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Anatomical recognition in robot-assisted surgery

Scientists from Eindhoven University of Technology (TU/e), Wageningen University Research (WUR), the University of Utrecht (UU), and the University Medical Center Utrecht (UMC Utrecht) are working on a research project on the digital representation of the human anatomy for robot-assisted surgery. Project leader and surgeon Prof. dr. Jelle Ruurda explains:

What is it you are working on? And what is the role of AI?
“What we are working on is a kind of google maps for robot-assisted surgery, so that we, surgeons, get the patient’s anatomy projected on our screen. The surgeon operates on the patient by making small incisions in the skin. These are approximately the size of a fingertip and range in size from 5 to 12 millimeters. Because of the small size of the instruments, surgeons can operate through one or a few small incisions, making robot-assisted surgery a minimally invasive procedure. The camera can magnify the operating field up to 20 times its actual size, allowing the surgeons to fiddle with the square millimeter. However, at that level of detail, surgeons lose their helicopter view of the human body and struggle to orientate themselves inside it, also everything that they touch alters the anatomy of the operating field. We are developing an algorithm that analyzes video images of operations and recognizes the anatomy of the patient; for example, this is a blood vessel, this is a nerve.”

What is the impact for society?
“This assists surgeons – and mostly surgeons who are still in training (“residents”) – and reduces the likelihood of mistakes. Of course, above all, this eventually benefits the patient. Moreover, the entry of digital tools into the still pretty old-fashioned world of operating will open the field of applications that will help surgeons and patients during surgery.”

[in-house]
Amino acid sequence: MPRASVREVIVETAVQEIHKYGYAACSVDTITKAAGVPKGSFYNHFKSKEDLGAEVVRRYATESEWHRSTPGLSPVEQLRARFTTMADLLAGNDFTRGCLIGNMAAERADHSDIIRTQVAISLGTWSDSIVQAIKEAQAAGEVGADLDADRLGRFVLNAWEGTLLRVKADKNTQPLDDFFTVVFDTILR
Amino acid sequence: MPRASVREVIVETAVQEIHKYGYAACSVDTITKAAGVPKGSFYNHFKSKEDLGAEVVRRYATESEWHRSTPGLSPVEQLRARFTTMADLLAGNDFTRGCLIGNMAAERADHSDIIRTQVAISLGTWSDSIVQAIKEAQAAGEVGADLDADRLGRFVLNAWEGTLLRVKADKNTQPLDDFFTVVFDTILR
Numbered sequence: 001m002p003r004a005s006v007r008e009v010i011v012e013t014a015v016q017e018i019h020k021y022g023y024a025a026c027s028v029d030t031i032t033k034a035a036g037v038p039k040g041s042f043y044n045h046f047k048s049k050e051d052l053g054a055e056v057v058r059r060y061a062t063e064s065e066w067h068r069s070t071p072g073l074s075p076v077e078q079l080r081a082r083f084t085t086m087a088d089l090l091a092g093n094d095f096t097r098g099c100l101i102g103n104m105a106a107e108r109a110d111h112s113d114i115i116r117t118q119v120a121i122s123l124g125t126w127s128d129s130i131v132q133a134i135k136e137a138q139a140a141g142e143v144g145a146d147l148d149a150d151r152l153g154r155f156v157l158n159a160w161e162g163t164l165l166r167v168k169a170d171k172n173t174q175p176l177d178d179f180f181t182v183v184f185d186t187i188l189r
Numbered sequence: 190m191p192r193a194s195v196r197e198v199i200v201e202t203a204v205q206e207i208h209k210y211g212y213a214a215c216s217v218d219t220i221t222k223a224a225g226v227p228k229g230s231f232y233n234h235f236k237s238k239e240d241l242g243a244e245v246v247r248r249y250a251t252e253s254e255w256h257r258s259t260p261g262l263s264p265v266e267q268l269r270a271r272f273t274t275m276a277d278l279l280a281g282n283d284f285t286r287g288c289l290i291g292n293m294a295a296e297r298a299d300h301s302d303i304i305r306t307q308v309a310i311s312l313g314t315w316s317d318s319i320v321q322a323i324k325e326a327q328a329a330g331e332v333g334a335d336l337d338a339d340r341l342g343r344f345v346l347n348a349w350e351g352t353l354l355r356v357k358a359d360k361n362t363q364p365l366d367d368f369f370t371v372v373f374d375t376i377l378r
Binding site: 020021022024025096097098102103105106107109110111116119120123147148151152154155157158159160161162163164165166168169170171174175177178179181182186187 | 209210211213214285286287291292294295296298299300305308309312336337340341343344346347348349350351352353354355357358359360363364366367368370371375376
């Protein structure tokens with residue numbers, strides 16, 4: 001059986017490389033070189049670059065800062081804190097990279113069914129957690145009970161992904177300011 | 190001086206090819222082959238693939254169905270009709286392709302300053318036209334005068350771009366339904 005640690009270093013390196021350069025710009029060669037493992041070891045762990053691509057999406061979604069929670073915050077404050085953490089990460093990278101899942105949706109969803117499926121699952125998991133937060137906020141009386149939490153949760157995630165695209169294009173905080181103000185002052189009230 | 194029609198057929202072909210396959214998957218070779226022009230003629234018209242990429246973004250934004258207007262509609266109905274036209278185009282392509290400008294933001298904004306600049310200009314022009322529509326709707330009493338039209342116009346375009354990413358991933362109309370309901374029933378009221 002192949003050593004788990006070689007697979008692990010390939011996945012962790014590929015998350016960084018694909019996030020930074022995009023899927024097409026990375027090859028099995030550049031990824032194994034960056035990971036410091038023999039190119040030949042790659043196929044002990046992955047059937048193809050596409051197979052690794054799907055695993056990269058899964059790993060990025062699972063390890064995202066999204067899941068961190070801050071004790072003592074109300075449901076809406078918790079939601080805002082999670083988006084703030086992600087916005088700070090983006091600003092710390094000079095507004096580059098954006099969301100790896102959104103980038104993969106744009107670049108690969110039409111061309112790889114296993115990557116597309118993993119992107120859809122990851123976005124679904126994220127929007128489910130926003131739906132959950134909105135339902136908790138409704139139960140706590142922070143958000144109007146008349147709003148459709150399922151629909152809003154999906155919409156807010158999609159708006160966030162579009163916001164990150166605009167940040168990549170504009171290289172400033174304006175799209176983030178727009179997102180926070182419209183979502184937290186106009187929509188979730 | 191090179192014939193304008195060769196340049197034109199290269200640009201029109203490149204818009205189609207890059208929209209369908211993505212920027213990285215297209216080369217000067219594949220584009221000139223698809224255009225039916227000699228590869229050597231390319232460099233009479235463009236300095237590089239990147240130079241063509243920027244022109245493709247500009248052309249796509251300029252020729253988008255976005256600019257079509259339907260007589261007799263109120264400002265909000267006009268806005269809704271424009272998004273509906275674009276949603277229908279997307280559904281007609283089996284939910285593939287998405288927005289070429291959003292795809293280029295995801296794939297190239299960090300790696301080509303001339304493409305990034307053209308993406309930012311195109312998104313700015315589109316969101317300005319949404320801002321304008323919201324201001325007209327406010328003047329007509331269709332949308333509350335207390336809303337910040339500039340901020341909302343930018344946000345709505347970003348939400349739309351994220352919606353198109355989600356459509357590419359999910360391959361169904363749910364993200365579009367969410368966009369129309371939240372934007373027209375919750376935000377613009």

How do you see the future of AI in this field? And what is the value of collaboration in the Alliance?
“In the future robots will be used more and more in surgery, especially to perform very precise tasks. For example, there are already robots that drill channels in the rock bone of an ear to place a hearing aid. But also, robots exist that help to pick fruit from trees, something WUR developed. The computer science department of UU has a research focus on monitoring systems that provide automated warnings if a potential dangerous situation may arise. These systems are promising for the domain of robotic surgery as well. TU/e has huge experience with analysis of medical images. Mainly, this experience was in the field of radiological images, but the video images we use in this project are an expanding field of research, also in the development of new AI techniques.”

About the project:

Towards the future of surgery: anatomical recognition in robot-assisted surgery

Applicants: Jelle Ruurda (UMCU, J.P.Ruurda@umcutrecht.nl ), Josien Pluim (TU/e), Fred van Eeuwijk (WUR), Frank van der Stappen, Natasha Alechina (UU).

Subject: The project leverages extensive experience and expertise of the partners in clinical practice and research experience in minimally invasive and upper-gastrointestinal surgery (UMCU), medical object recognition and AI in medical image analysis (TU/e), man-machine interfaces and autonomous intelligent systems (UU), and AI, applied statistics, and realization of digital twins with a focus on applications in life and environmental sciences (WUR).